Farmers in Ohio and many other parts of the country are rushing to get their crops planted after a long, wet spring. The late start means many acres intended for corn won’t get planted, and farmers are running far behind on soy beans as well. WOSU's Nick Evans visited a few farms throughout Central Ohio to see how farmers are trying to get back on track.
The last time I visited Bret Davis’ farm in Delaware County, I was asking him about a program helping farmers bit by the trade war. It was raining then, and it was wet when I spoke to him this week, too.
“It was terrible yesterday. It’s the worst conditions I’ve planted in, I mean, I shouldn’t have been there, I really shouldn’t have.”
Davis and his team were out past 1 a.m. the night before trying to get seeds planted ahead of more rain. He’s two thirds done with corn, and about a third of the way through his soybeans. He’s still pretty optimistic they’ll be able to make up for lost time, but Davis is realistic about this year’s crop.
“A corn plant and a soybean plant is nothing but a solar panel. It takes every bit of sunlight it can and the nutrients to make what it does, and when we’re a month behind, you’ve cut a month of growing out of a season that’s fairly short to start with.”
The USDA’s latest crop progress report paints a stark portrait. Ohio’s farmers have only planted a fifth of their acreage intended for soybeans. Last year they’d completed 80 percent by now. Farmers are further along with corn—planting slightly more than a third of what they did last year. But they’ve also passed the cut off for federal crop insurance. Anything they plant after June fifth gets steadily less coverage.
“We have that field left to go—we will probably plant past the deadline.”
A few miles away, Ryan Rhoades is trying to sew up the last of his planting.
“Let’s see, we put nearly 300 acres in in the past two days you know that would’ve been Tuesday and Wednesday so we really made a big push on some ground that maybe we shouldn’t have but the acres are planted and we’ll see what happens with germination.”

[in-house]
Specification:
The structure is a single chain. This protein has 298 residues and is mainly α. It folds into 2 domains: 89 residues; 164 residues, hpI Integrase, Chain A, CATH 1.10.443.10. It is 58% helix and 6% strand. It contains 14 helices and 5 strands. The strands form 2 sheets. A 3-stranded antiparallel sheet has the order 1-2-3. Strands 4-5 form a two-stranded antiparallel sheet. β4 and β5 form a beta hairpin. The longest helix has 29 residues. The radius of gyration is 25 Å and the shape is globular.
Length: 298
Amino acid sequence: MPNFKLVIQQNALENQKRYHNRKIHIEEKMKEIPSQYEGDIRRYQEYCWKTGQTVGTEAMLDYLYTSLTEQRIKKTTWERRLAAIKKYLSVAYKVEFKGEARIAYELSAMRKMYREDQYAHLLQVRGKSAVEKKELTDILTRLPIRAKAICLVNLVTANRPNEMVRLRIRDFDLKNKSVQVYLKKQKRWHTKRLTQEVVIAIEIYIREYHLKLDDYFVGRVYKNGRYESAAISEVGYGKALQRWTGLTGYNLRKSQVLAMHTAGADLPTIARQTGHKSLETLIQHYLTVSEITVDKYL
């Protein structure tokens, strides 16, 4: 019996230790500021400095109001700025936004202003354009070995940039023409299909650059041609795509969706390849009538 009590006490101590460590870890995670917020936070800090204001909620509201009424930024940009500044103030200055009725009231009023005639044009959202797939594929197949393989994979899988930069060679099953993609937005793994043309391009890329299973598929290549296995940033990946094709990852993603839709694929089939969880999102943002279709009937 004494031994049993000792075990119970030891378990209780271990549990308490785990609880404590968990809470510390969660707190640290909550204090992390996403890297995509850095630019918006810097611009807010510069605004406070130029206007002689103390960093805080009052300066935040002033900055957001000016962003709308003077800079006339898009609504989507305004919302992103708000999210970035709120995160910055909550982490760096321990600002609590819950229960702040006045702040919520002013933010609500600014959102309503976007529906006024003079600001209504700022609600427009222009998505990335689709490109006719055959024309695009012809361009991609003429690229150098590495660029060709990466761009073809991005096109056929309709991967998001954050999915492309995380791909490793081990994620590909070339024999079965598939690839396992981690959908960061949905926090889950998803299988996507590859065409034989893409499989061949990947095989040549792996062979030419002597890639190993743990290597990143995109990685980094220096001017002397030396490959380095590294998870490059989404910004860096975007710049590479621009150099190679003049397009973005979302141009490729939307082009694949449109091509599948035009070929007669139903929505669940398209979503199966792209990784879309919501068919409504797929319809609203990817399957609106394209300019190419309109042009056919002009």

The late start on planting is only contributing to an already stressful situation. In addition to the ongoing trade war, a report from the Federal Deposit Insurance Corporation, or FDIC, shows an uptick in people falling behind on farm loan payments. But Brian Ricker, CEO of the lending co-op AgCredit, isn’t raising alarms just yet.
“We haven’t seen that quite as much within our portfolio. Our delinquencies are a little higher than what they were a few years ago, but they’re still very, very manageable. And over all the lenders and the banks and the farm credit system are very well capitalized.”
It’s been a bit drier south of Columbus on Scott Metzger’s farm, but like Davis and Rhoades, he’s been rushing to catch up.
“We started in and had about a, I don’t know, five, six day window to Memorial Day there and ran pretty hard those days and were able to get quite a bit done in that amount of time. So we’re just down to a little bit here left, so we should end of the day can get finished up with what we have.”
Metzger’s farm is done with corn, and they’re finishing up on beans, too. He takes me to the last field, where his cousin Blake is running the planter. Even here there are broad swaths of standing water cutting across the rows.
“This bank you can plant close to the water, that one running through the middle of the field you won’t be able to get as close and on the other side of that you won’t be able to get as close either.”
Despite the late start and the late nights catching up, Metzger, Rhoades and Davis are all thankful to be squeaking in close to the deadline. All three have heard from farmers in Northern Ohio who haven’t even begun planting. Those farmers can get limited compensation through federal crop insurance. Metzger thinks in the mid-west the number of people prevented from planting claims could reach a record this year.